Well, here I am in Korea, the twenty-sixth foreign country I’ve visited in my short twenty-three years on this earth. I remember when I visited my first Asian country, Thailand, something like eight years ago. I had literally no understanding of Eastern culture so everything just seemed alien and strange. I had already grown quite accustomed to the slight cultural differences I’d find in Europe or South America, but to visit a place so utterly opposite was a bit hard to grasp.
But now that I’ve lived in Japan for over a year, traveled a decent amount in China, and made countless friends from various parts of Asia, I feel like my ability to understand, compare, contrast, and assimilate all of the different things I see has grown immeasurably. Rather than looking around and thinking to myself, “Whoa, what the hell is that?” I find myself thinking “Whoa, I totally see where that Japanese word comes from,” or “Whoa, I can totally see how that custom developed along with this very similar Chinese one.”
It’s really interesting to be able to see all of the different “branches” of culture in this part of the world, just as a Westerner sees how England and the US are very similar, but yet each has its unique points as well. It’s never been more clear to me how the two parts of the world – East and West – while so completely and utterly dissimilar from each other each had very similar internal development processes.
But wait, there I go getting ahead of myself again. Let me start from the beginning.
Chie and I woke up at 5am on January 29th after sleeping for a mere two and a half hours to prepare for our shuttle ride down to Kansai International Airport. Several friends from the dorm – who were still awake from the night before – came down to see us off, and after exchanging a few brief bows with our driver we hopped onto the shuttle bus. We arrived, boarded our plane, and only one hour later were descending over Pusan, Korea.
Isn’t that strange, how it takes six hours to fly from Los Angeles to New York but only one hour from Japan to Korea?
Busan was immediately a visually interesting city. From the air, I could see its clusters of buildings clinging together between the mountains that weaved every which way from the ocean below us all the way out to the horizon. From the ground, I was surrounded by an endless supply of simple, square-shaped brick buildings. Chie explained that at the time of the North Korea-South Korea war, thousands of people fled from Seoul to Busan and rushed to build places to live as quickly as they could. As a result, the city was left with countless simple, four-walled structures. Quite a contrast with the diverse and flashy architecture found in Shanghai.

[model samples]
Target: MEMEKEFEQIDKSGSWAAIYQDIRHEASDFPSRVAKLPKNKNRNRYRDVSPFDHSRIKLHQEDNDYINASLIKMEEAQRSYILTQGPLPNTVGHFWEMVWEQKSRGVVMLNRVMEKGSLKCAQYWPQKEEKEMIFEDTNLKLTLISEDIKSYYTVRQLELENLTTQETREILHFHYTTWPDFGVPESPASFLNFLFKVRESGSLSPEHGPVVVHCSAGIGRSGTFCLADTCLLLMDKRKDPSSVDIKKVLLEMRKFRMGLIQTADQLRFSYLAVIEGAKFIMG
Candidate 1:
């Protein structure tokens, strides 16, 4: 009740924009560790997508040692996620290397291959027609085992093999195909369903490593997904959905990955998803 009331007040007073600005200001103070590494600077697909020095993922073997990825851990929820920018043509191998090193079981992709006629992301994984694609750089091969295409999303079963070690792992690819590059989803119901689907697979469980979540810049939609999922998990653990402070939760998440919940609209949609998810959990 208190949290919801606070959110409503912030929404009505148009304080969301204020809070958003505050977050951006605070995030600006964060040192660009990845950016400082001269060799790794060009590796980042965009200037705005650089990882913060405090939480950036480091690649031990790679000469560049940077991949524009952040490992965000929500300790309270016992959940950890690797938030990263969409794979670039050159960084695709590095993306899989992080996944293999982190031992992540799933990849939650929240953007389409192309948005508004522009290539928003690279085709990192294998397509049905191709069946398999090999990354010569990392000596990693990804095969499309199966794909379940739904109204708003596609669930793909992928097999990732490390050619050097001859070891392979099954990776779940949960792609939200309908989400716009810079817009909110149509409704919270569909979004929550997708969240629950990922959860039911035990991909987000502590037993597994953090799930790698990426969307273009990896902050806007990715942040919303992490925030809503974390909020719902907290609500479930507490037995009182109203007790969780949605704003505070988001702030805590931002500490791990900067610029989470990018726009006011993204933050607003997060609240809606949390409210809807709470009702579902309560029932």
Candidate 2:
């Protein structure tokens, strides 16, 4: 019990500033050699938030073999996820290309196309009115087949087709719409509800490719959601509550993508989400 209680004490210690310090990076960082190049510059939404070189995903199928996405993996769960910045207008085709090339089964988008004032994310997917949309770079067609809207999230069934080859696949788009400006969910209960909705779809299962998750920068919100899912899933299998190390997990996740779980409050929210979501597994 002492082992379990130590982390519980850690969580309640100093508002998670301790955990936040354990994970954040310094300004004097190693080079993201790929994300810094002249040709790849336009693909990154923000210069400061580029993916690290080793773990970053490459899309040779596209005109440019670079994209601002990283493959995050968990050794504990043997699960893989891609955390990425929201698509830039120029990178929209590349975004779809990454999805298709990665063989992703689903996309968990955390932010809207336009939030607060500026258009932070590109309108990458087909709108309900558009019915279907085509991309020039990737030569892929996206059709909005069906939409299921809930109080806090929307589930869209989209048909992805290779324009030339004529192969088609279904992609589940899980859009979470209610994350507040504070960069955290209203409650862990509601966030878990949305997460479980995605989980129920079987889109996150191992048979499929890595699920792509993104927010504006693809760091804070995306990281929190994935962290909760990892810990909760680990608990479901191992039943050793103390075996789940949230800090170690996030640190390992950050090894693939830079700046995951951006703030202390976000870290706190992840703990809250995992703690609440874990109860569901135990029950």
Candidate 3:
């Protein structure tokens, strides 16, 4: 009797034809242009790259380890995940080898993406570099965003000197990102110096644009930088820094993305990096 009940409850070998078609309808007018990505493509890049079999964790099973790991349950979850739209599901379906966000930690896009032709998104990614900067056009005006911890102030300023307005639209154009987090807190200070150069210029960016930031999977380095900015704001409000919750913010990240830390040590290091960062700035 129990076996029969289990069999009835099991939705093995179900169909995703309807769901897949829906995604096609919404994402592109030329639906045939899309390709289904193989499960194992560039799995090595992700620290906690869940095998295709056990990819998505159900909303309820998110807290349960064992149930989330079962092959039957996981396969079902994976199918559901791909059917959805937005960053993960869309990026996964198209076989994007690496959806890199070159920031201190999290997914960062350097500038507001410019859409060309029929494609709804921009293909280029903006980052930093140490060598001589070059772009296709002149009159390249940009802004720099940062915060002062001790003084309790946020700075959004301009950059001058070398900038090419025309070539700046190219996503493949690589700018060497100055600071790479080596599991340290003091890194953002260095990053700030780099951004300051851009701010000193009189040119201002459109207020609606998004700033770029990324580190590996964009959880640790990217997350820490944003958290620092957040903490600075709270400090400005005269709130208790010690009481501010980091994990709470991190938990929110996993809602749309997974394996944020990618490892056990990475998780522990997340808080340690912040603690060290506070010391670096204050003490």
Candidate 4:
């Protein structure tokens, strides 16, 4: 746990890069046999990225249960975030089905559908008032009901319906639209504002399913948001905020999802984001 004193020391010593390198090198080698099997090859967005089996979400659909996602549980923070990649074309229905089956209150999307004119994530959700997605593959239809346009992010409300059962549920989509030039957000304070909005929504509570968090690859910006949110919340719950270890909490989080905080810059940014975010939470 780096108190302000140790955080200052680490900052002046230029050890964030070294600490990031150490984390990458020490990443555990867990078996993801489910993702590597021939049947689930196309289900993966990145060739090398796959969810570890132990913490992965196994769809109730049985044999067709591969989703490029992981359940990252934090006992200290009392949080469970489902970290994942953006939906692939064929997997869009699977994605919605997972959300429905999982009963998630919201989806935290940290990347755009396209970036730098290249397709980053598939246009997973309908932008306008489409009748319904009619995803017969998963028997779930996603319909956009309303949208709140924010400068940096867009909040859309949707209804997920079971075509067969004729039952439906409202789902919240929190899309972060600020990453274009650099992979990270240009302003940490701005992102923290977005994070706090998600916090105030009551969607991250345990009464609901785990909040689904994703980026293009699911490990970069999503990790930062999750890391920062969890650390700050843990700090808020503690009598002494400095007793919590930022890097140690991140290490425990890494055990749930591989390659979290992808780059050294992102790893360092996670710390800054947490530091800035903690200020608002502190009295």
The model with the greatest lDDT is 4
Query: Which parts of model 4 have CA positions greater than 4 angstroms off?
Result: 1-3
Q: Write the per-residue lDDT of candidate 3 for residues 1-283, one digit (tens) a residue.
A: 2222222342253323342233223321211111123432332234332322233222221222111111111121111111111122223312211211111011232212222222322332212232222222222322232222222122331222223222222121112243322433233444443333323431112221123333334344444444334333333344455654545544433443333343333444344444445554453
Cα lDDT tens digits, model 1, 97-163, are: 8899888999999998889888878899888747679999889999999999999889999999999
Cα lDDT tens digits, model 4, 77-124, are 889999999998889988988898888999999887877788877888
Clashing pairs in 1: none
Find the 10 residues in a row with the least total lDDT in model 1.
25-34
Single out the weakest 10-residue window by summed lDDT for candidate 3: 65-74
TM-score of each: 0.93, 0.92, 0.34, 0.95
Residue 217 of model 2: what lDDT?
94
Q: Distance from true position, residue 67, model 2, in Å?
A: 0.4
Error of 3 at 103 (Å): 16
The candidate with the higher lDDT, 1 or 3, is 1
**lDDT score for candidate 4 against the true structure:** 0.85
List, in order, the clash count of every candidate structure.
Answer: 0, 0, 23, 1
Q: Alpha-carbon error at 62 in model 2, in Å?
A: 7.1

After a short taxi ride from the airport Chie’s younger brother, who I was told could speak English, greeted us at their doorstep. I soon learned that by saying “my brother speaks English” what she really meant was that “he speaks better English than me.” Which means one or two short, broken phrases – very, very little. But I could tell immediately from his demeanor that he was a great guy, and through the help of Chie’s translation we got along great over the next few days.
Then we began to climb the stairs to her apartment, and I began to get nervous. Just think “Meet the Parents,” only because it was Korean New Year’s and her whole extended family – sisters, brothers, even grandfather – was gathered for dinner, change the title to “Meet the Entire Family.” While you’re at it add in factors of no common language or common cultural background. Plus I was going to be the first foreigner ever to visit her house. Eep.
Chie assured me, however, that her family was just as nervous as myself, which for some reason calmed be down a little bit.
And again, with the help of her translation all worries were soon alleviated and we managed to enjoy some pleasant dinnertime conversation. There were of course some frustrating situations since I wasn’t able to speak directly to anyone except Chie; when she left to go to the bathroom for example; but I think we did relatively well for ourselves given the language barrier. They even taught me the traditional way to accept a New Year’s gift – some brand new, rare 5,000 won bills – after which Chie, her mother, and myself made Korean Mandu (a boiled gyoza of some sort) by hand.
I then had only a single peice of business to take care of before we headed out for our first day of exploring Korea: money. Both Chie and I had come with exactly zero won. Smart, ‘eh? So it was off to Citibank I went, to withdraw a wad of bills so thick that I couldn’t get my wallet closed with all of them inside. Since the largest bills the Korean ATM’s spit out are equivalent to about $10US, this amounted to just under $300US.
Then, we were off.